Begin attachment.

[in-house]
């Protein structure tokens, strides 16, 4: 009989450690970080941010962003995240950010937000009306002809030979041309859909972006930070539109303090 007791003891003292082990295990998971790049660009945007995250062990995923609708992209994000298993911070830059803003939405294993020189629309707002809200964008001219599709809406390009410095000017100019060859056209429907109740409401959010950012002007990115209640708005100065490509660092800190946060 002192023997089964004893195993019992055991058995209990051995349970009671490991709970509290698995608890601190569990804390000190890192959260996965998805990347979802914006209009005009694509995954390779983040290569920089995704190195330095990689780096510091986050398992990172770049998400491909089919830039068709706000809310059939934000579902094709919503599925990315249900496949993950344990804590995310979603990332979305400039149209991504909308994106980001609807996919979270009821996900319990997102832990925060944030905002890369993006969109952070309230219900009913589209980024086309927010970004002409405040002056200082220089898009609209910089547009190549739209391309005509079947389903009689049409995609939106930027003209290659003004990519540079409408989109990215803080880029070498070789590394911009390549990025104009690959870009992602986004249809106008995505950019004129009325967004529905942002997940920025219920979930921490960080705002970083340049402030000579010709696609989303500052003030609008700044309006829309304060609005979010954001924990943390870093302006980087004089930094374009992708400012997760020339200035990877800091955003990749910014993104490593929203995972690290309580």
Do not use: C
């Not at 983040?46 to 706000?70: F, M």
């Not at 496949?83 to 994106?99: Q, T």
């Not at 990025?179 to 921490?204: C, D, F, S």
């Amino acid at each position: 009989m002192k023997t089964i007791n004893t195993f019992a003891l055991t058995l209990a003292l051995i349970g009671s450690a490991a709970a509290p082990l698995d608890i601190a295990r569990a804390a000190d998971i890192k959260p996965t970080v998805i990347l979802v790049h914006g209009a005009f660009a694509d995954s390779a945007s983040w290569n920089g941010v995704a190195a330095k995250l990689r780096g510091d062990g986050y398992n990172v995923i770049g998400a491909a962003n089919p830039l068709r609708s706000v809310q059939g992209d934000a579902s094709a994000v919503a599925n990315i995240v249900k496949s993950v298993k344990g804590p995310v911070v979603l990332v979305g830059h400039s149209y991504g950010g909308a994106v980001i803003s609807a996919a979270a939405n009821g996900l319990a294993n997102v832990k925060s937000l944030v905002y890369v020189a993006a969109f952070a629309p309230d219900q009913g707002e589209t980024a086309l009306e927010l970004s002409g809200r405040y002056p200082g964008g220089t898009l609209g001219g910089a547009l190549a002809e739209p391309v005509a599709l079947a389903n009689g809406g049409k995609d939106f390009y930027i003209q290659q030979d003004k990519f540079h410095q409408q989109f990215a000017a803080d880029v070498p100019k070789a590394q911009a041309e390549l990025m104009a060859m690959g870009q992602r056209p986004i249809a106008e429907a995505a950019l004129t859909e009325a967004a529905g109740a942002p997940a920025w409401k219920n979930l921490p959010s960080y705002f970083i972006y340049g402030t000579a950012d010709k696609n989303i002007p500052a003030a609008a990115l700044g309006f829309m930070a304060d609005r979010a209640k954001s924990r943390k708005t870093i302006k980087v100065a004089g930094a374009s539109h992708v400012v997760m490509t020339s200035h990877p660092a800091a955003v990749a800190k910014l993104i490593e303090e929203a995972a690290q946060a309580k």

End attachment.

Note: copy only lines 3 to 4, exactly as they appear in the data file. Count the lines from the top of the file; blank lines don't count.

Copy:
Do not use: C
């Not at 983040?46 to 706000?70: F, M």